Not socks. They're in the hozone.
By that measure, how credible are you exactly?
I haven't been in a server room in an embarrassingly long time, but I understood enterprise drives to mean hot pluggable with online redundancy. For a not large business, knowing a drive failure would result in no downtime and never having to roll back to tape was worth virtually any premium. In this scenario, tape only came into play when wanting to retrieve deleted data.
The hardest part in bomb making is not blowing yourself up in the process. Chemical reactions do not always scale well, especially ones that deal with explosive compounds.
When they start using cold drops to coordinate, that's when to start worrying. With surveillance as it is, they've got nothing better than a rogue or two using IEDs and assault rifles.
That guy in a wheelchair is specifically who I was referencing above. I was involved in ADA in California when it rolled out, working within a consultancy that advised businesses specifically in how to handle this tactic. The fun part is the consultant attorneys were formally qualified to argue to the California Supreme Court, whereas this guy's attorney couldn't get beyond municipal. Good times.
That would be like suing a book store for not having audiobooks and braille for all of their titles. Sometimes that little prick in a wheel chair causing trouble at the end of the day is just a little prick.
Game Set Match. I love it when the point is missed.
Unless you have 20 hours weekly to become an expert in an investment sector, the only winner when a small investor buys and sells stocks is the bookie. Er broker. Managed funds are better. Or was it diamonds. I can't remember which.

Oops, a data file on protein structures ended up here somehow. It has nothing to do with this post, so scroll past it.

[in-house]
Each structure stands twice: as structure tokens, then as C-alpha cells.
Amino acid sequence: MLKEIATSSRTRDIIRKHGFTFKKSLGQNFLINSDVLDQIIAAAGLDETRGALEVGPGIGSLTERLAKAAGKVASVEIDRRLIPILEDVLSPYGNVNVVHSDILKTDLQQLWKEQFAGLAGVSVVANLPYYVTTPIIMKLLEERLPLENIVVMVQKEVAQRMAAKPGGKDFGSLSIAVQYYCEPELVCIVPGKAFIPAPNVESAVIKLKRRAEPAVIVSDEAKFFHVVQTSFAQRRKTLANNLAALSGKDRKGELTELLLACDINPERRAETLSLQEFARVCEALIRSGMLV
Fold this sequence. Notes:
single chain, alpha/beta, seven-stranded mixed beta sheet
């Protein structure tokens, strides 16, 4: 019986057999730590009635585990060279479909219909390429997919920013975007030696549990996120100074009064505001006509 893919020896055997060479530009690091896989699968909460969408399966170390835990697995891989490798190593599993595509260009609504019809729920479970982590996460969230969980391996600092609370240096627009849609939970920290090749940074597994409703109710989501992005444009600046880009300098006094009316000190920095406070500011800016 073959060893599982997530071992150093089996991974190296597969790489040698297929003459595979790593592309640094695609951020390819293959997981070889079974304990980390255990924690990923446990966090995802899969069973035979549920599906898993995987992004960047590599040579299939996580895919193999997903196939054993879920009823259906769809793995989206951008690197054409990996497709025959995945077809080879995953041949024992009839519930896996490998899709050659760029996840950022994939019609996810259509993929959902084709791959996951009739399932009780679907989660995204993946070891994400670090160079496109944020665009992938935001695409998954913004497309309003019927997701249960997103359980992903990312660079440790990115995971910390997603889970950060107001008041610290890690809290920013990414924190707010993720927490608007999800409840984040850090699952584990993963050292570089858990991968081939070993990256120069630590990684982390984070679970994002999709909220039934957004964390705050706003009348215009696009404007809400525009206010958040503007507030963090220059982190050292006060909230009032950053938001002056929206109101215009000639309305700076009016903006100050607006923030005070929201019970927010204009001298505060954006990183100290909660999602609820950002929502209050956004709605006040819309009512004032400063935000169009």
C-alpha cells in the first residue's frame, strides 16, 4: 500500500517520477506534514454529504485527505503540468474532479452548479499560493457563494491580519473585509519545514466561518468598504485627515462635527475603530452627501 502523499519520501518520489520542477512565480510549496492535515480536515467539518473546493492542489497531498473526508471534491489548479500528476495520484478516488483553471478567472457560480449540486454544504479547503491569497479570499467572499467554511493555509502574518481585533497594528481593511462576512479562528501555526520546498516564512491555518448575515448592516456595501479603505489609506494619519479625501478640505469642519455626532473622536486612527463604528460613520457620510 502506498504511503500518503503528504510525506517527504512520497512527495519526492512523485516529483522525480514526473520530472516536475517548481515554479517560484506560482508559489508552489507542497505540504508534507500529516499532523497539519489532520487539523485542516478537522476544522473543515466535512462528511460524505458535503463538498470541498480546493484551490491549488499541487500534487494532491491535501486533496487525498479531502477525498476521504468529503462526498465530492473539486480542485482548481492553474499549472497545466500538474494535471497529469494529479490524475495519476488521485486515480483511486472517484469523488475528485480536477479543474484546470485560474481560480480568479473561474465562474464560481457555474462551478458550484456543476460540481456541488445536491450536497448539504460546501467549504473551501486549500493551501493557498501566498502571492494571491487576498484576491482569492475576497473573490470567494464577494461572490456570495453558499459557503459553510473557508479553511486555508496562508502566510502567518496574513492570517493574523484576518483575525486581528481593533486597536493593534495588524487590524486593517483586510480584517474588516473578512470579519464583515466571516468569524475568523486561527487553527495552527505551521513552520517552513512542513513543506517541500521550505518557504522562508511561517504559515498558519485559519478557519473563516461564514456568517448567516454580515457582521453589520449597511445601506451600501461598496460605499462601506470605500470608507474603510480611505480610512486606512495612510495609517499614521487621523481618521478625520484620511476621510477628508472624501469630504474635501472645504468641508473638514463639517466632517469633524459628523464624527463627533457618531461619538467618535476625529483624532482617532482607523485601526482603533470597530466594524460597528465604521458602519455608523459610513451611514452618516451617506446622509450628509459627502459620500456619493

Ideopathic means from unknown cause. This is clearly congenital.
Townsend wrote about a powerful idea, of the perfect note. Clapton, who crossed paths with Townsend, preferred a simple guitar lick to communicate his ideas. I started as a business consultant with software skills, and I've always considered -- even now as a consulting developer -- a line of code to be the last resort when all else fails -- because of the cost involved. Back before the concepts had buzzwords, I advocated 'just in time' development over 'just in case', and that if you're writing a lot of code you're probably doing it wrong. These days it's called Emergent Architecture on a formal level, and YAGNI informally. Every line of code, every expansion of the technology footprint, should be when all else fails.
My daughters were born in 86 and 92, and they out-type my 95wpm by 25 and 45 wpm respectively. Absolutely insane watching them at the keyboard. No technical sense in their heads, but they type as fast as the nix-heads back in my uni days.
I'd suggest you actually look it up. Most cities grant merchants this power.
In general, they have the right to temporarily detain you if they have reasonable suspicion that you've stolen something. I simply ignore them, and the day one touches my arm will get him fired by the time I'm finished. Even if you "agree" on entrance to have your bag searched when leaving, they can do nothing more than ask you not to return, which is legally binding.